Striper Talk Striped Bass Fishing, Surfcasting, Boating

     

Left Nav S-B Home Register FAQ Members List S-B on Facebook Arcade WEAX Tides Buoys Calendar Search Today's Posts Mark Forums Read Right Nav

Left Container Right Container
 

Go Back   Striper Talk Striped Bass Fishing, Surfcasting, Boating Ľ Striper Chat - Discuss stuff other than fishing ~ The Scuppers and Political talk Ľ Political Threads

Political Threads This section is for Political Threads - Enter at your own risk. If you say you don't want to see what someone posts - don't read it :hihi:

Reply
 
Thread Tools Rate Thread Display Modes
Old 11-29-2016, 05:53 AM   #91
wdmso
Registered User
 
Join Date: Jun 2012
Location: Somerset MA
Posts: 1,572
You do realize that the so-called "middle class" is a by-product of capitalism? Unions did not create the middle class. They benefited from working for wealthy companies which paid them well--much more than they would have gotten otherwise--even before they were unionized.

Sadly you assume history would have been the same if unions were not involved..
if these wealthy compaines which you say paid them so we'll
why the need for unions Without unions, we would still be working 12 hour days, seven days a week, with no paid holidays, no paid vacations, no pay raises. Can unions price themselves out of a Job yes and many have accepted that reality


The #1 item on the list of stupid spending, is union benefits.
Thats not the whole story is it ... The new revenue erosion and higher pension costs together would swell the projected deficits to $1.5 billion next fiscal The chief culprits behind the latest declining forecast were the state income tax.. no money no spending bring back more min wage jobs and the 60 hr work week thats the answer

you act as if Union members dont pay taxes or contribute into their own retirement or provide a valuable service to the state or town in which they work

INSANE benefits that were done away with, for good reason, in the private sector long ago.

what benefits are those that were done away with good reason ?? I love to hear them ... and why they were or should be stopped
wdmso is offline   Reply With Quote
Old 11-29-2016, 07:37 AM   #92
scottw
Registered User
iTrader: (0)
 
scottw's Avatar
 
Join Date: Nov 2007
Posts: 5,619
Quote:
Originally Posted by wdmso View Post

Sadly you assume history would have been the same if unions were not involved.. could be better...who knows...we'd have fewer unfunded pension funds strangling municipalities...you are assuming it would be worse...the question is...for who?


if these wealthy compaines which you say paid them so we'll
why the need for unions there are lots of wealthy companies paying their employees well without the interference from unions..you act as though they don't exist

Without unions, we would still be working 12 hour days, seven days a week, with no paid holidays, no paid vacations, no pay raises. this is debatable and some of us refer to this a "self-employment"..been doing it most of my working life

Can unions price themselves out of a Job yes and many have accepted that reality


you act as if Union members dont pay taxes or contribute into their own retirement or provide a valuable service to the state or town in which they work no one said any of this but the compensation and benefits are often way out of line with the private sector that was pointed out is paying the $ for that compensation..also..the retirement contributions don't appear to be sufficient to pay the benefit in most cases...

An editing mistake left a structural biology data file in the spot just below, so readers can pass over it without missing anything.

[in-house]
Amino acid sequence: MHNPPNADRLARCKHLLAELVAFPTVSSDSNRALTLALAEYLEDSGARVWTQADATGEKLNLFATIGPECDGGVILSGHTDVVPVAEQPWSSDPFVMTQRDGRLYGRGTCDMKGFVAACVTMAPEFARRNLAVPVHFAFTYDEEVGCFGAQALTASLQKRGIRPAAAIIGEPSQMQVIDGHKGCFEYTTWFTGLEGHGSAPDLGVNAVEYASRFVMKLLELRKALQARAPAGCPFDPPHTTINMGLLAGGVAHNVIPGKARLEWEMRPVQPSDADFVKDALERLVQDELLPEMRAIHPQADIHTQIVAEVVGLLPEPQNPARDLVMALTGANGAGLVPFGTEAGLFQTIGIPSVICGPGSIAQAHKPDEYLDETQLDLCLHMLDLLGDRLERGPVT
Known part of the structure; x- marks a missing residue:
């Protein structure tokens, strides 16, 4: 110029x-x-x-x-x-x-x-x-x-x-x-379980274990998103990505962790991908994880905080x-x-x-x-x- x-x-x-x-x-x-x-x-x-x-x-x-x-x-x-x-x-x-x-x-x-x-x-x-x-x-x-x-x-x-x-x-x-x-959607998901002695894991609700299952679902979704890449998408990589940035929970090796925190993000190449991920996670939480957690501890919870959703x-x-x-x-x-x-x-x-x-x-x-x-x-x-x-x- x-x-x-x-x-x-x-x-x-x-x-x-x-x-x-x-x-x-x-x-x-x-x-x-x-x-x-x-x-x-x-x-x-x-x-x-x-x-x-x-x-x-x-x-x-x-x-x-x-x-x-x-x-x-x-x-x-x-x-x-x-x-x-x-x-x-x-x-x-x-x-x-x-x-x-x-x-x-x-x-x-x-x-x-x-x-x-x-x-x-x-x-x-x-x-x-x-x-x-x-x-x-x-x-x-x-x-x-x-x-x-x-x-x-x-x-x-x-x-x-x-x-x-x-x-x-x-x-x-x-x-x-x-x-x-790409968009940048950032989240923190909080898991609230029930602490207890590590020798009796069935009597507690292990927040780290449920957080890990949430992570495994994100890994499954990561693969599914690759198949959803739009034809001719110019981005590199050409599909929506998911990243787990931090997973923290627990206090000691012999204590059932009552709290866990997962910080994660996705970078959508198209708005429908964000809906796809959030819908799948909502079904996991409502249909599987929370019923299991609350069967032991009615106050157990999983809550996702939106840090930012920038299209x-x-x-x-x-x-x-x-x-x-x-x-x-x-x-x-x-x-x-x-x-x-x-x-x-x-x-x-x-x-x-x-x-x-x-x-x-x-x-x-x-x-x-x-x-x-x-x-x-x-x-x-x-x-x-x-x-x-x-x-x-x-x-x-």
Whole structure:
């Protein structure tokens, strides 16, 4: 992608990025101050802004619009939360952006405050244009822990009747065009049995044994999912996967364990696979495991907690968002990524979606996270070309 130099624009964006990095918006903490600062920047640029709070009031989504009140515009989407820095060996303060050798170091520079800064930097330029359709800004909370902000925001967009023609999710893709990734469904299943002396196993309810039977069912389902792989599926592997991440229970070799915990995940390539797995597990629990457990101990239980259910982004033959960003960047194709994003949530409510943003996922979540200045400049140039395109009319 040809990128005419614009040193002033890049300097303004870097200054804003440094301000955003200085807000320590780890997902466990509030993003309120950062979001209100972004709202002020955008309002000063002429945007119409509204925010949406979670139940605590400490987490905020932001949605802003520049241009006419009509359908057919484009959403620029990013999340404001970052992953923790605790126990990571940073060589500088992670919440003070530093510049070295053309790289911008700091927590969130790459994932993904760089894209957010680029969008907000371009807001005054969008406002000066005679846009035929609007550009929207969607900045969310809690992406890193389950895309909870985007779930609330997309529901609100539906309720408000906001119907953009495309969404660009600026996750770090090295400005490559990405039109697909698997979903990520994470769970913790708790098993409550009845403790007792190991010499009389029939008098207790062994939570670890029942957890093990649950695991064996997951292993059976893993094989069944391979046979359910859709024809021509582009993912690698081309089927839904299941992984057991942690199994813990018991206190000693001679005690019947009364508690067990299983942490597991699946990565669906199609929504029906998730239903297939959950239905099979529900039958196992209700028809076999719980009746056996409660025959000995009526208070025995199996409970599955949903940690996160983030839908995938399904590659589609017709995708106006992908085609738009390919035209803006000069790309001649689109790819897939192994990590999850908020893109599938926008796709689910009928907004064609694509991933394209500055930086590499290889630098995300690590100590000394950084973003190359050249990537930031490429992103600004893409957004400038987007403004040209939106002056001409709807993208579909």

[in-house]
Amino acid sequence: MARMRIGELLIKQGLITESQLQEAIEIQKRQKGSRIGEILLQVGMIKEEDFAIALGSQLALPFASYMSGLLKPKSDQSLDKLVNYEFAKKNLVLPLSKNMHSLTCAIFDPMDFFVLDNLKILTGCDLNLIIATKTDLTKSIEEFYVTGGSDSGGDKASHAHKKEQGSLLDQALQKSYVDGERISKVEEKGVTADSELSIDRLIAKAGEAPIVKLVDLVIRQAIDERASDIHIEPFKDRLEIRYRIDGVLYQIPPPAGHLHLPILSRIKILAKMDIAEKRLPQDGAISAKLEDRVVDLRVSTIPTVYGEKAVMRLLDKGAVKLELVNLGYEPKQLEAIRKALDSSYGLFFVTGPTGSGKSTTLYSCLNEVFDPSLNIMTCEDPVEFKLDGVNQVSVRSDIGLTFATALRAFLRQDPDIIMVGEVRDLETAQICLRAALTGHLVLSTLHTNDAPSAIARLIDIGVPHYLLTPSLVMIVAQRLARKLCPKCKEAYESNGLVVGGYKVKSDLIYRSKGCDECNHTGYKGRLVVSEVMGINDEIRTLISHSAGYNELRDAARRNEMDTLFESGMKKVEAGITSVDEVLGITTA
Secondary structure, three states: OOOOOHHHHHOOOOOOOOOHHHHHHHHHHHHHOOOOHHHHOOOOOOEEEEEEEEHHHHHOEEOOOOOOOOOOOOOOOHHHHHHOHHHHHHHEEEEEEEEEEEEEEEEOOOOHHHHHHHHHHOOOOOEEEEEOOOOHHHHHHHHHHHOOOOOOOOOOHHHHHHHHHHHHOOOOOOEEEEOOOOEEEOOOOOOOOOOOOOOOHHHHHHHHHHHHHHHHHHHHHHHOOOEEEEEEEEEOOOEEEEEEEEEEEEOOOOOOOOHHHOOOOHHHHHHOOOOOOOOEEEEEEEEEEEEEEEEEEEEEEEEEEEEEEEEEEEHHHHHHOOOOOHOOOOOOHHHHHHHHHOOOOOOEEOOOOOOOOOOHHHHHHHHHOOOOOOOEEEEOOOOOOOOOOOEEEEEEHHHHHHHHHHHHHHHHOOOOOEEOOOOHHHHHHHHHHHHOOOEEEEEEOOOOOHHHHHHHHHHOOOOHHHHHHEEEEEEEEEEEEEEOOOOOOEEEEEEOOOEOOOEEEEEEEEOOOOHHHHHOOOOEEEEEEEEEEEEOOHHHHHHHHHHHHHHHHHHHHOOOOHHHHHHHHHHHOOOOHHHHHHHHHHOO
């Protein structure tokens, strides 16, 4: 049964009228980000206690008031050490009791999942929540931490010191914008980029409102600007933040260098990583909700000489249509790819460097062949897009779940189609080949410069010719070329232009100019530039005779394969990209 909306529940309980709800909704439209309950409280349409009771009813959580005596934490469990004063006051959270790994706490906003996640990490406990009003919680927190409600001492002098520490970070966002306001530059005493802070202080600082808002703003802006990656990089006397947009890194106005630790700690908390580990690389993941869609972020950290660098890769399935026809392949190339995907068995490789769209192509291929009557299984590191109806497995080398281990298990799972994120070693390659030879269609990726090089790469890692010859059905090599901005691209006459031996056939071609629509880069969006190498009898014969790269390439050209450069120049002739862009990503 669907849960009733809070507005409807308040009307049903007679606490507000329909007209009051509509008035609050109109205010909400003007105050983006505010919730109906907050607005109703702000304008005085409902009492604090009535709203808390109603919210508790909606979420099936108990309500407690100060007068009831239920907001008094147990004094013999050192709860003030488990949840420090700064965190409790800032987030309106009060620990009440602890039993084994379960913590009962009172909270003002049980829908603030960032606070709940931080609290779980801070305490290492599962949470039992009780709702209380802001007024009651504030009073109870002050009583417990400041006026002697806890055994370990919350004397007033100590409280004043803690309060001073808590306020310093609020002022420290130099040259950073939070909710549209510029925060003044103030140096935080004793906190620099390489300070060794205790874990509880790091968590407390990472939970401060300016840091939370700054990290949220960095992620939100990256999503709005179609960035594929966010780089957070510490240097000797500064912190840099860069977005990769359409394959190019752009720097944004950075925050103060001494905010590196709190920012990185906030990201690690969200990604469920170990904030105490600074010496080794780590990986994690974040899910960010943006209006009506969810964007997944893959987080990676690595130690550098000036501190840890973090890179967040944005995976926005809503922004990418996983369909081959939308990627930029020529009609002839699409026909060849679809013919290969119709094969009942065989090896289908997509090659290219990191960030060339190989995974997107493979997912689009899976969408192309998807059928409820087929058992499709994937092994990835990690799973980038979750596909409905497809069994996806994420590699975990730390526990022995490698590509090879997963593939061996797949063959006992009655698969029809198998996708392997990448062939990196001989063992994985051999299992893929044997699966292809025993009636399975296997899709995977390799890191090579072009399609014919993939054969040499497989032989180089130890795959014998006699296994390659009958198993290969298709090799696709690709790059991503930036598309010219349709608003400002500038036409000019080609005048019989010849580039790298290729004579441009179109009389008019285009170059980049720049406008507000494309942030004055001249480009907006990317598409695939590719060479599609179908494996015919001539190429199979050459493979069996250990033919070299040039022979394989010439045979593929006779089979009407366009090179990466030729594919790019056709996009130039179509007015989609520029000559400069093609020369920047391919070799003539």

what benefits are those that were done away with good reason ?? I love to hear them ... and why they were or should be stopped
I love you Wayne but you dismiss and then launch right into a predictable rant...Detbuch took the time to make some really valid points but you seem to completely ignore them

I don't have a problem with unions generally but broadly they engage in much of the bad behavior that they criticize businesses and the private sector for through political activity, patronage, mismanagement of funds and corruption... and act as an entitled mob when the don't get their way...this accounts more for their loss of membership and prominence more than any vast right wing conspiracy

Last edited by scottw; 11-29-2016 at 10:49 AM..
scottw is offline   Reply With Quote
Old 11-29-2016, 08:59 AM   #93
Nebe
Registered User
iTrader: (0)
 
Nebe's Avatar
 
Join Date: Sep 2003
Location: newpawht
Posts: 19,544
Hey. Melanoma Trump is having her shoes made in Ethiopia now. Screw China! Oh wait. Labor is cheaper in Ethiopia.

Make America great again
Posted from my iPhone/Mobile device
Nebe is offline   Reply With Quote
Old 11-29-2016, 09:17 AM   #94
Jim in CT
Registered User
 
Join Date: Jul 2008
Posts: 6,528
Quote:
Originally Posted by wdmso View Post
You do realize that the so-called "middle class" is a by-product of capitalism? Unions did not create the middle class. They benefited from working for wealthy companies which paid them well--much more than they would have gotten otherwise--even before they were unionized.

Sadly you assume history would have been the same if unions were not involved..
if these wealthy compaines which you say paid them so we'll
why the need for unions Without unions, we would still be working 12 hour days, seven days a week, with no paid holidays, no paid vacations, no pay raises. Can unions price themselves out of a Job yes and many have accepted that reality


The #1 item on the list of stupid spending, is union benefits.
Thats not the whole story is it ... The new revenue erosion and higher pension costs together would swell the projected deficits to $1.5 billion next fiscal The chief culprits behind the latest declining forecast were the state income tax.. no money no spending bring back more min wage jobs and the 60 hr work week thats the answer